Items of interest:
–A week ago, we learned that the “Super Siv,” which I had prematurely pronounced as dead, was back after all. The article also declared that the fund would not distinguish between different kinds of risky assets. As a small-timer in the financial markets, this is the kind of phraseology that should snap psychological tripwires. Wall Street does nothing if it doesn’t distinguish between different shades of risk; what’s going on here?
—The fault-line of panic in the financial markets has shifted to the “monoline insurers” Municipal Bond Insurance Association (MBIA), Ambac Financial, and five smaller agencies. When a city or municipality wants to issue a bond to pay for a road or a school, for example, it can go to a monoline insurer, who agrees to insure the bond against the risk of the municipality’s default. Thus, the municipality can secure a much higher credit rating than it otherwise could.
–MBIA has $6.96 billion in capital and $652 billion in bond guarantees; Ambac has about $5.7bn capital and $550bn in bond guarantees. The ratings agencies Moody’s, Fitch, and S&P are only too aware of what happened when Arthur Andersen guaranteed Enron’s accounting for too long, and they are apparently demanding that the monoline insurers “mark to ABX.” Had the monolines taken writedowns to the same extent that Merrill and Citi have, they would be sitting on losses 9 times as the ones they have announced, and they would be wiped out. The financiers (investment banks or hedge funds) appear poised to back the monolines to prevent the crisis from spreading, but it’s not clear where the money will come from.
–According to CNBC, Larry Fink (Merrill’s presumed replacement for Stan O’Neal) said that he would become Merrill’s CEO only if Merrill wrote down the full extent of its CDO losses. Merrill then chose John Thain.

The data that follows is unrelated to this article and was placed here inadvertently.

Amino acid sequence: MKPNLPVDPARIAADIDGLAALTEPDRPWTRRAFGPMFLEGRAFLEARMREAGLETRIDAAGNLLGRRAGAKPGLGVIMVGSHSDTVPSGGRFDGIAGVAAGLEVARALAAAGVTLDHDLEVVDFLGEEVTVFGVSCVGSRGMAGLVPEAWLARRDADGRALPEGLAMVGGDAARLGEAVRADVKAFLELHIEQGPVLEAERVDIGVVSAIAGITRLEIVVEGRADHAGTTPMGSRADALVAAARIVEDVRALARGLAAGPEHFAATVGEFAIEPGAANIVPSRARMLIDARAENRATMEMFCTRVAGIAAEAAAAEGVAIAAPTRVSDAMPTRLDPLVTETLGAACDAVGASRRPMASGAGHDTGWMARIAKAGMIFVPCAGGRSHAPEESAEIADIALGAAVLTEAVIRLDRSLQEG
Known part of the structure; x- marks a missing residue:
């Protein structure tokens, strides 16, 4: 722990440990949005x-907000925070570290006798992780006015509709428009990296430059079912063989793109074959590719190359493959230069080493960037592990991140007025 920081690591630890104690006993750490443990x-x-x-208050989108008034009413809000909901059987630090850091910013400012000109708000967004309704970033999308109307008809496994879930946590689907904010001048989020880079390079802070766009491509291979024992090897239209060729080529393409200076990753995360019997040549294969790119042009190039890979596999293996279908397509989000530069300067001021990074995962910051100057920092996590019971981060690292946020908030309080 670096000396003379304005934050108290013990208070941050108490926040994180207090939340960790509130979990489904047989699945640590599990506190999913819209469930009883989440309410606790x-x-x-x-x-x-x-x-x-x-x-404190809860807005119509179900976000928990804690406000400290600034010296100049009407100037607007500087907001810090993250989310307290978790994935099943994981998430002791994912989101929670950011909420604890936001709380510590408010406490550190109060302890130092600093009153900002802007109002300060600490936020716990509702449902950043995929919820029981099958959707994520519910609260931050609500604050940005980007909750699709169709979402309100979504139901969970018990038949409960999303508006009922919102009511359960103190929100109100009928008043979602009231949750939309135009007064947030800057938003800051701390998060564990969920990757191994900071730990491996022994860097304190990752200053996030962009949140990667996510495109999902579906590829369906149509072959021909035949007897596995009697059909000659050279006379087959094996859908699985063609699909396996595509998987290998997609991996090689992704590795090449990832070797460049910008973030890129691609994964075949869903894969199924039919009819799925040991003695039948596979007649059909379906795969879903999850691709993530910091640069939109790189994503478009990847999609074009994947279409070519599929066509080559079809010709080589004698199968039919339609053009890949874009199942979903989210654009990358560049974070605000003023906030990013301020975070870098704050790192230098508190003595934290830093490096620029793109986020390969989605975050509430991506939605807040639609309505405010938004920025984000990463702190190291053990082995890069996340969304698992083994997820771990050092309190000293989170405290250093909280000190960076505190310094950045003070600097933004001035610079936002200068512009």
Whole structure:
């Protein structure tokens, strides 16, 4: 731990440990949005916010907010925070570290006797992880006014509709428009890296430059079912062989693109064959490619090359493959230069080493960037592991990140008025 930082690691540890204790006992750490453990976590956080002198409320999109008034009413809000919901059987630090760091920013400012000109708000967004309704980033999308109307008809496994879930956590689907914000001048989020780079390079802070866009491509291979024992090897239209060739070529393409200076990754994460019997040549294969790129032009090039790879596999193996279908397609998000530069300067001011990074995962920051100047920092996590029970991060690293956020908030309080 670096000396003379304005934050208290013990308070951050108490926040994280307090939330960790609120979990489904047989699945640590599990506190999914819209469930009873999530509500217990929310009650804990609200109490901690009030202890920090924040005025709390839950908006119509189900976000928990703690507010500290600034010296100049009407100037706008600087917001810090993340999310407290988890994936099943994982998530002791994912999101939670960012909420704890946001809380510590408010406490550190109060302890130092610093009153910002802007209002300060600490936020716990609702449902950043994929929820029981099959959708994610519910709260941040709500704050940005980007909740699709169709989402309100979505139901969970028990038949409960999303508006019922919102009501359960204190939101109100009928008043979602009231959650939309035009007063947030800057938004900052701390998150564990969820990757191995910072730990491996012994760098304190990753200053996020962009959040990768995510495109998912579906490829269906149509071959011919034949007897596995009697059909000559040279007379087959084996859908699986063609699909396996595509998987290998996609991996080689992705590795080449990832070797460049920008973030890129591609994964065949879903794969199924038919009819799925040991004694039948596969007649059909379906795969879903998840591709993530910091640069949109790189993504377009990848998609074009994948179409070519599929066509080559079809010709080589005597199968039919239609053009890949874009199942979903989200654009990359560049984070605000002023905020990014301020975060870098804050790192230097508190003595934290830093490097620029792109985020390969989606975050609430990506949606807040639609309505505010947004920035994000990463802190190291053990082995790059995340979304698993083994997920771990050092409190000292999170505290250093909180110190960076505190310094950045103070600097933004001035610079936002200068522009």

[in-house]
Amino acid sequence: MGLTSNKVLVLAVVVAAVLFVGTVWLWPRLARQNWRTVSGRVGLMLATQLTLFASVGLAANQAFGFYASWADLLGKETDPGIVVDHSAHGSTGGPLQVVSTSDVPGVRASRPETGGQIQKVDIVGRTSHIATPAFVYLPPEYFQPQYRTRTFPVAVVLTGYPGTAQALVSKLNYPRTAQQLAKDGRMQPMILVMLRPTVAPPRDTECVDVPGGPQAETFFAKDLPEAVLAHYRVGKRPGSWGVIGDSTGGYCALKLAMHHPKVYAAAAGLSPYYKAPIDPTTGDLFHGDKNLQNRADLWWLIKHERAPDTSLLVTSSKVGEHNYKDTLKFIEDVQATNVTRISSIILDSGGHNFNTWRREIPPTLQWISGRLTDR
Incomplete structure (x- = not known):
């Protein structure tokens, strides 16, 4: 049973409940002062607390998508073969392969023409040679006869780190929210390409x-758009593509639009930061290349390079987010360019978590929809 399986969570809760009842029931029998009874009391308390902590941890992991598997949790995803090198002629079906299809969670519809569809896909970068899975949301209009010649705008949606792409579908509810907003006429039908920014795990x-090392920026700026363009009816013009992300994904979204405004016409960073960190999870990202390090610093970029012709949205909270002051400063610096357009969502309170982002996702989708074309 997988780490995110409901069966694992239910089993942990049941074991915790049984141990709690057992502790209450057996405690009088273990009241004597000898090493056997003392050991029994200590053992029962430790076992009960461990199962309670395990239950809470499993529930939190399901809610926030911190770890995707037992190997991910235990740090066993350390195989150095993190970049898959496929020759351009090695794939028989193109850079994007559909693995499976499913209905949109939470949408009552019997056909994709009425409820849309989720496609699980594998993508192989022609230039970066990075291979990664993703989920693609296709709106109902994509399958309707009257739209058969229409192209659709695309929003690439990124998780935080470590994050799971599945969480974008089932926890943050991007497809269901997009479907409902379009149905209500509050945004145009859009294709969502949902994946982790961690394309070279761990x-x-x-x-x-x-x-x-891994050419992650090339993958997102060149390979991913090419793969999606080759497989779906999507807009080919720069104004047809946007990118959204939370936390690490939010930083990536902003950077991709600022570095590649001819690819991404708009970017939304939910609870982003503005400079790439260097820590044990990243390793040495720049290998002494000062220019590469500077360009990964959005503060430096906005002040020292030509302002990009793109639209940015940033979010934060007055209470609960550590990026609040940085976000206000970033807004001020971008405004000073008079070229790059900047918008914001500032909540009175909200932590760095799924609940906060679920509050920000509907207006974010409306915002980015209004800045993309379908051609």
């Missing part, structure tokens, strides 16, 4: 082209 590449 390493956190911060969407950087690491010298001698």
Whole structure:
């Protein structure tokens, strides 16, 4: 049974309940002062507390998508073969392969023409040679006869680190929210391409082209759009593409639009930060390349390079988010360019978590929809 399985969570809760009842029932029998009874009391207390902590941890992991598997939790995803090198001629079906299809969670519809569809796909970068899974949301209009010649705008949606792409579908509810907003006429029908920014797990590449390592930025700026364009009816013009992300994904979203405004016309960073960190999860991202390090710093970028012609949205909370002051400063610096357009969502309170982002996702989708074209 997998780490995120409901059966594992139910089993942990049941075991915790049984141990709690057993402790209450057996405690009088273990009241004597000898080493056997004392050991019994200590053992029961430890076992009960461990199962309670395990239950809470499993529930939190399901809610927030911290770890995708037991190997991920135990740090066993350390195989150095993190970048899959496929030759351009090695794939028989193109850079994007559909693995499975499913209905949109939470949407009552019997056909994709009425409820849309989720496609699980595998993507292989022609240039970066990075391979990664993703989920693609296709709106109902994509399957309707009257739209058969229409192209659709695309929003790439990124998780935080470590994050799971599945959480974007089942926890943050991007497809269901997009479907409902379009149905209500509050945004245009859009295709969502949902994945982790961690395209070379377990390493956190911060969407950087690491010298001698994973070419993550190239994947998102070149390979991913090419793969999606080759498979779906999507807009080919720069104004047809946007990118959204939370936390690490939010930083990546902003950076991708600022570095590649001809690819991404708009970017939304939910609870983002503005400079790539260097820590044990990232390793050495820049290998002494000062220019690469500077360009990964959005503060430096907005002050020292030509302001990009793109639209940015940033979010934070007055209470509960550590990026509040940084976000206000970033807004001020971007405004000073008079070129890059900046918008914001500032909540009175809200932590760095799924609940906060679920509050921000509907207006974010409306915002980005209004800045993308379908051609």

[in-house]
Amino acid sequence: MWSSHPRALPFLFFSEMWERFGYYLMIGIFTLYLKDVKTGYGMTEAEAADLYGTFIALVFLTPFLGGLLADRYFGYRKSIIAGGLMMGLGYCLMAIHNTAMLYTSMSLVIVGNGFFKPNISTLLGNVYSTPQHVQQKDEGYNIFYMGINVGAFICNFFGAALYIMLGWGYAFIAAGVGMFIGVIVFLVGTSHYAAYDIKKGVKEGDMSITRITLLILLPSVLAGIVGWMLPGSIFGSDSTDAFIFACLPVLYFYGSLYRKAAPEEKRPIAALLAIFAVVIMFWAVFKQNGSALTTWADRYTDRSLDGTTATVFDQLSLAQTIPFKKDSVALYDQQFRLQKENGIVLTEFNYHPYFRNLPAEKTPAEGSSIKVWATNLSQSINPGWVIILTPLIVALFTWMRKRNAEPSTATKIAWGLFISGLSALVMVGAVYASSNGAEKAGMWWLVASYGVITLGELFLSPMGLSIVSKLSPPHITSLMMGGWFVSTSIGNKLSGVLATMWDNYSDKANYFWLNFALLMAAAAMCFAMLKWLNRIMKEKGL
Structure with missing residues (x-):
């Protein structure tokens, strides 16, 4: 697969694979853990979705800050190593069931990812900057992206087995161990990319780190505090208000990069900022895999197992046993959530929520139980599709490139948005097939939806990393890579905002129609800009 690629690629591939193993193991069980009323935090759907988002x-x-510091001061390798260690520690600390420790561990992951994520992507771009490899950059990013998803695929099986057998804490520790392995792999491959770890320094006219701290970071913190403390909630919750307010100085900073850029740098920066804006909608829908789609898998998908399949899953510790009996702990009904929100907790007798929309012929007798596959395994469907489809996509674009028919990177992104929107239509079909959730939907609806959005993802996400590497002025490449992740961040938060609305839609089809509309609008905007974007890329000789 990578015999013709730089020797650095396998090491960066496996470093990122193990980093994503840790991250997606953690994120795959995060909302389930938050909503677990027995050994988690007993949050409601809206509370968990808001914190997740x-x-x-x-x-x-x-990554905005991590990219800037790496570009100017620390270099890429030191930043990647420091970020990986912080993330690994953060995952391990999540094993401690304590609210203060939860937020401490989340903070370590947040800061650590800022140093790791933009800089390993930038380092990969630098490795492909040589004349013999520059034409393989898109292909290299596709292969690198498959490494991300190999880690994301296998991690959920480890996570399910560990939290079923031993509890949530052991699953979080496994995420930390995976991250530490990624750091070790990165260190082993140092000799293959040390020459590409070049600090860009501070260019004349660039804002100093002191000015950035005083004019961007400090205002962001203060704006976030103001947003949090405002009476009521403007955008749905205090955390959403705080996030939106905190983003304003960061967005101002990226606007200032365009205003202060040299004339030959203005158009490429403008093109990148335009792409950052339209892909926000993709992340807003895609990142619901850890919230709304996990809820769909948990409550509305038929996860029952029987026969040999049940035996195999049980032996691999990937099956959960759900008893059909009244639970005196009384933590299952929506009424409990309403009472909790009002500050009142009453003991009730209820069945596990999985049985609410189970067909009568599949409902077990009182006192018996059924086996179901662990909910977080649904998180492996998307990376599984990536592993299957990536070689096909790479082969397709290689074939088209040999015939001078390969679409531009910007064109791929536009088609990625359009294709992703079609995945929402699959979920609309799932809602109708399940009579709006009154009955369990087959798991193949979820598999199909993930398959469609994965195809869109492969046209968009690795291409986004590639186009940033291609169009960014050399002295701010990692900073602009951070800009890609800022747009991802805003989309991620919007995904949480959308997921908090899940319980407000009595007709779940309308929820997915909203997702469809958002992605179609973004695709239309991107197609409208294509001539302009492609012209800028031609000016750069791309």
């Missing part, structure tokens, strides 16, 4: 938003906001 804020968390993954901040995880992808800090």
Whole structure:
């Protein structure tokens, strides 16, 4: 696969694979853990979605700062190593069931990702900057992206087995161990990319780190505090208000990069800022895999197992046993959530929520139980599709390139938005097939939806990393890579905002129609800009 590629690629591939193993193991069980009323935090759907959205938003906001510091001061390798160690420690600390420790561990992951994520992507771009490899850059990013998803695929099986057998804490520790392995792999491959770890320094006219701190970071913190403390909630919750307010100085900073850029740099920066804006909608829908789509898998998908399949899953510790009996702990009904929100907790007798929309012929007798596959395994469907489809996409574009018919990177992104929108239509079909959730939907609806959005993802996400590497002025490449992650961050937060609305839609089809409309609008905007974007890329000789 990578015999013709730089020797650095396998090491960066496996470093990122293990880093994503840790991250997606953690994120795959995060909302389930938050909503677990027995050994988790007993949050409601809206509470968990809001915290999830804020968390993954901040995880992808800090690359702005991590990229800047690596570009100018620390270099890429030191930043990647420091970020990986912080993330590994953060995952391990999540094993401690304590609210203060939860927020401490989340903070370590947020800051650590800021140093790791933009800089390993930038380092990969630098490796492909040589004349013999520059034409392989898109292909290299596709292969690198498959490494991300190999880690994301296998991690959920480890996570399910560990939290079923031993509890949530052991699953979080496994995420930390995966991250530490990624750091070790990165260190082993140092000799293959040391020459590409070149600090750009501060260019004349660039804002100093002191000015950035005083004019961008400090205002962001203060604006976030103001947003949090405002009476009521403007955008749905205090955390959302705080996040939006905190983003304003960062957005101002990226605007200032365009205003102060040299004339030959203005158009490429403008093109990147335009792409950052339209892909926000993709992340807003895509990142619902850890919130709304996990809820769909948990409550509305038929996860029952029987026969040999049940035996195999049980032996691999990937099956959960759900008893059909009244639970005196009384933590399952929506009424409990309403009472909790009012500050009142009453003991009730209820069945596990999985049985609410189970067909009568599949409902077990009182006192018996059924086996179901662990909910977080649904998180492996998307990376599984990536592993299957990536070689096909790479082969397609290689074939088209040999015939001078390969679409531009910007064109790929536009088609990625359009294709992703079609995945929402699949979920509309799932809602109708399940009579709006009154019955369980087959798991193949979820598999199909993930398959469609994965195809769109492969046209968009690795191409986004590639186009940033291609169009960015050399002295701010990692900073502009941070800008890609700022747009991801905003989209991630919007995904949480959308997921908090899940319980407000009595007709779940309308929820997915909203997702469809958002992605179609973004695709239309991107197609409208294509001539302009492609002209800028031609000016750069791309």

–On Thursday, the Federal Reserve pumped $47.25 billion into the financial system. Media reports emphasized the Fed’s line that it was “effectively” “only” a $6.25bn injection, because the rest was replacing the $41bn repo operation the Fed performed at the beginning of the month. This should snap another of your psychological tripwires. Repos are supposed to expire. They aren’t supposed to be continually refunded. The $47bn repo was the largest single operation in US history.
The Fed has essentially been performing continual repo operations since August. This does not show up as inflation (it will, much later); and it doesn’t show up as a lower interest-rate differential between the dollar and other world currencies. It’s still money injected into the system, and it’s still inflation. The markets do not yet appear to have priced this in.
–Over the weekend, at least two more OPEC members (Angola and Nigeria) lent support to the Venezuelan and Iranian position to denominate oil in a basket of currencies, rather than the US dollar.
–The EURJPY indicator has, for a very long time, been an unimpeachable indicator of global risk tolerance. Today (Sunday night, Monday morning in Asian markets) marks the first day in memory, so far, in which Asian stocks have diverged from what EURJPY would have predicted. Asian markets were up slightly as EURJPY was down slightly.